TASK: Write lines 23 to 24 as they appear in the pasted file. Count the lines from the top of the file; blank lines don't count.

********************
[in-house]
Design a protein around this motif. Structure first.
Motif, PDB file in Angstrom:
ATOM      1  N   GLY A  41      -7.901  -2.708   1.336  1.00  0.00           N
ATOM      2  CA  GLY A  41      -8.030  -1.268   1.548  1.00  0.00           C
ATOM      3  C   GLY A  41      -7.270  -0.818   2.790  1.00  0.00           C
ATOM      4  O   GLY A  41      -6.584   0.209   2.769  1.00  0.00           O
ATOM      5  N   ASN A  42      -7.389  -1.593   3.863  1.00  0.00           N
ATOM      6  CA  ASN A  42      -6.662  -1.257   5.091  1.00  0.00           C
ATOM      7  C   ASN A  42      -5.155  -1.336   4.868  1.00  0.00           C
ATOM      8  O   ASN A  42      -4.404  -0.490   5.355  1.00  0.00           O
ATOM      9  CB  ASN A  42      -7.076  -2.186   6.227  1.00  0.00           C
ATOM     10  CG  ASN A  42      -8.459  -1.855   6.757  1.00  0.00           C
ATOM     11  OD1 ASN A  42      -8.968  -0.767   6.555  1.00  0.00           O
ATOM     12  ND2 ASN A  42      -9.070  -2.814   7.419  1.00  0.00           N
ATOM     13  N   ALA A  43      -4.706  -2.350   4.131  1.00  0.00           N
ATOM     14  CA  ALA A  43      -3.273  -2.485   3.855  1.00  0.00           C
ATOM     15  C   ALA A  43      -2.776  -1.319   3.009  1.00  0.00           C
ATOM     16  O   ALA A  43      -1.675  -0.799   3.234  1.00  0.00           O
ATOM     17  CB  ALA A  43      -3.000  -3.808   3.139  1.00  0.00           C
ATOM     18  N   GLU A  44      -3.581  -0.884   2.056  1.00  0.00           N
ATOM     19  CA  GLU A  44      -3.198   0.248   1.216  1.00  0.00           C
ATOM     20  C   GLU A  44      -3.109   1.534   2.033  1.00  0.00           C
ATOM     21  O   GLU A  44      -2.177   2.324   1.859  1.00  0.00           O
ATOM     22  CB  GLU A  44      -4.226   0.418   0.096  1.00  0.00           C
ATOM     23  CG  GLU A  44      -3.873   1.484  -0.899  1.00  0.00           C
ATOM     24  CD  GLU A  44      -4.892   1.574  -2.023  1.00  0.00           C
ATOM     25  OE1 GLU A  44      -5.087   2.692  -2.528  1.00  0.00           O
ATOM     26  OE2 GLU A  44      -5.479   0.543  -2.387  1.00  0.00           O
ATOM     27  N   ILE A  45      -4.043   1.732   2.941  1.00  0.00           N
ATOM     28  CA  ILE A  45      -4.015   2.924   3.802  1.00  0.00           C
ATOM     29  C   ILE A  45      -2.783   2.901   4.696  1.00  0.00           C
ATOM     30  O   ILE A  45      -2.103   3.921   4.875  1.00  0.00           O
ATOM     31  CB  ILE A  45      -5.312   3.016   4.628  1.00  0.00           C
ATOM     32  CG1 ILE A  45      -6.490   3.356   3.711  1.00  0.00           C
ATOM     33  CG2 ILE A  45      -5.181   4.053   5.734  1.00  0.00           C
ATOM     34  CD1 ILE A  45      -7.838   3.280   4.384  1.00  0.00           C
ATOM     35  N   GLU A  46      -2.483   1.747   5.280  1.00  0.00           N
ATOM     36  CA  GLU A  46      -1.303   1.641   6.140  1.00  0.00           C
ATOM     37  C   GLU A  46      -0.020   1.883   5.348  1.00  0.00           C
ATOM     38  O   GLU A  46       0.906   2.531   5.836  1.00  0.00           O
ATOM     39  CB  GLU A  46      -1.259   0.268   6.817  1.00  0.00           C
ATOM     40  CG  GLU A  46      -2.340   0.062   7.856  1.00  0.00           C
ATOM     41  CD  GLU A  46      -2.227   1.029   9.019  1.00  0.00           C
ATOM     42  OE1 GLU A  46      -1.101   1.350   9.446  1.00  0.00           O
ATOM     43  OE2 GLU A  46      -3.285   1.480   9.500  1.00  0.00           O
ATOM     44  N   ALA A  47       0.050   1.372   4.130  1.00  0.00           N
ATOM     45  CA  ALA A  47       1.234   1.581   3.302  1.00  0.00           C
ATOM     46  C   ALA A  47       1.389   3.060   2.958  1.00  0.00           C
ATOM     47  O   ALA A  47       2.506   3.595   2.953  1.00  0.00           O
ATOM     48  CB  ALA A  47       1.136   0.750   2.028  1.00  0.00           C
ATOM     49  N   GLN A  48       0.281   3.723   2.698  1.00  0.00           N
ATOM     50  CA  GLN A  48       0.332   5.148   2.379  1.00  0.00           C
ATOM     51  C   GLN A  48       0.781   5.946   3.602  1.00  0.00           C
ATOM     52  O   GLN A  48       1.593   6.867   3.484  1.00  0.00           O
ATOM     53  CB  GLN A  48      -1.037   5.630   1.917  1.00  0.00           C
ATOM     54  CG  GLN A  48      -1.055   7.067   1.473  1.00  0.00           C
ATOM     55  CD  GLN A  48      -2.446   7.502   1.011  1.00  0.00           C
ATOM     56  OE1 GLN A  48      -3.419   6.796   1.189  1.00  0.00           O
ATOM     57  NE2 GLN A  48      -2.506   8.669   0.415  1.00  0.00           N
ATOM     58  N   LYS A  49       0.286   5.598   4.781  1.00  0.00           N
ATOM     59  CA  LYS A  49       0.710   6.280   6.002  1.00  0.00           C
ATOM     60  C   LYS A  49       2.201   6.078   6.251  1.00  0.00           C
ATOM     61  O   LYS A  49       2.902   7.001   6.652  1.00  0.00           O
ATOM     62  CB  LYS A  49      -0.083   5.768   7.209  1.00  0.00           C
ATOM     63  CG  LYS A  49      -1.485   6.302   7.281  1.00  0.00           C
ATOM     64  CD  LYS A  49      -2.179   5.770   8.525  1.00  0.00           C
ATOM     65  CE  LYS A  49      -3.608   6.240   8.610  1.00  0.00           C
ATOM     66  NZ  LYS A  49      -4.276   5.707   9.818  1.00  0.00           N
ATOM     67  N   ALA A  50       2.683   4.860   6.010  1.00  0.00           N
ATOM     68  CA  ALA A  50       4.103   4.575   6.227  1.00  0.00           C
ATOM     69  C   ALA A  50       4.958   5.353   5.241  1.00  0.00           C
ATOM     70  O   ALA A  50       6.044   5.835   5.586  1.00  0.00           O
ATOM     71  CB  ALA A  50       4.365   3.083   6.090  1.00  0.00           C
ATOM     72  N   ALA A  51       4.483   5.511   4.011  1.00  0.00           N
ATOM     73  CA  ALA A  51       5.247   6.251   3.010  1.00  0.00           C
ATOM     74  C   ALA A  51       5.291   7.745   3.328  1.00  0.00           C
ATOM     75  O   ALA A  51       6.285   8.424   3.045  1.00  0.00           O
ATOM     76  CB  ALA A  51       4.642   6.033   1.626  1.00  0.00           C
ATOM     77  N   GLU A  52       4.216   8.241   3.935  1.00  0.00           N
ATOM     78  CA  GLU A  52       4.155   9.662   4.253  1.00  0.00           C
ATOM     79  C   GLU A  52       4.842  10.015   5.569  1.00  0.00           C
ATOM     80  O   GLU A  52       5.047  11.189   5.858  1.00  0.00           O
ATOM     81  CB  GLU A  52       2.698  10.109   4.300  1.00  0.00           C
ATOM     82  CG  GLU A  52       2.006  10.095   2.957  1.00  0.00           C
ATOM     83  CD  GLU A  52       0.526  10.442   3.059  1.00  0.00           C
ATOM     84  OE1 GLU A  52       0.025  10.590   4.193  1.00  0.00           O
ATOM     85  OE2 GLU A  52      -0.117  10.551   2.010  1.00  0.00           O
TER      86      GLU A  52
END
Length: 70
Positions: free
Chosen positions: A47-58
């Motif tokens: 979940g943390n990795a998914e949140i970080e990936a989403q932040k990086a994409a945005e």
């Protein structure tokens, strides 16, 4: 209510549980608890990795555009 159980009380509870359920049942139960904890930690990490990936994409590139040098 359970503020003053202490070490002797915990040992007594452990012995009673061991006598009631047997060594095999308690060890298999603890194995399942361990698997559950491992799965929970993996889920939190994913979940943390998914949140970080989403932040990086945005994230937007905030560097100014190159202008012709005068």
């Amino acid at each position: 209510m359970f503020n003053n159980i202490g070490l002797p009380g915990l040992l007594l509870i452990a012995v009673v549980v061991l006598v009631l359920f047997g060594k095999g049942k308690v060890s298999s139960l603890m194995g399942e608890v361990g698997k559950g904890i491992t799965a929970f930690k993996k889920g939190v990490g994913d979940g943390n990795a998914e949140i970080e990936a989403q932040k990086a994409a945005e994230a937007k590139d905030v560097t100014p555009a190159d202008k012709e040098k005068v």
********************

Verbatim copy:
ATOM     20  C   GLU A  44      -3.109   1.534   2.033  1.00  0.00           C
ATOM     21  O   GLU A  44      -2.177   2.324   1.859  1.00  0.00           O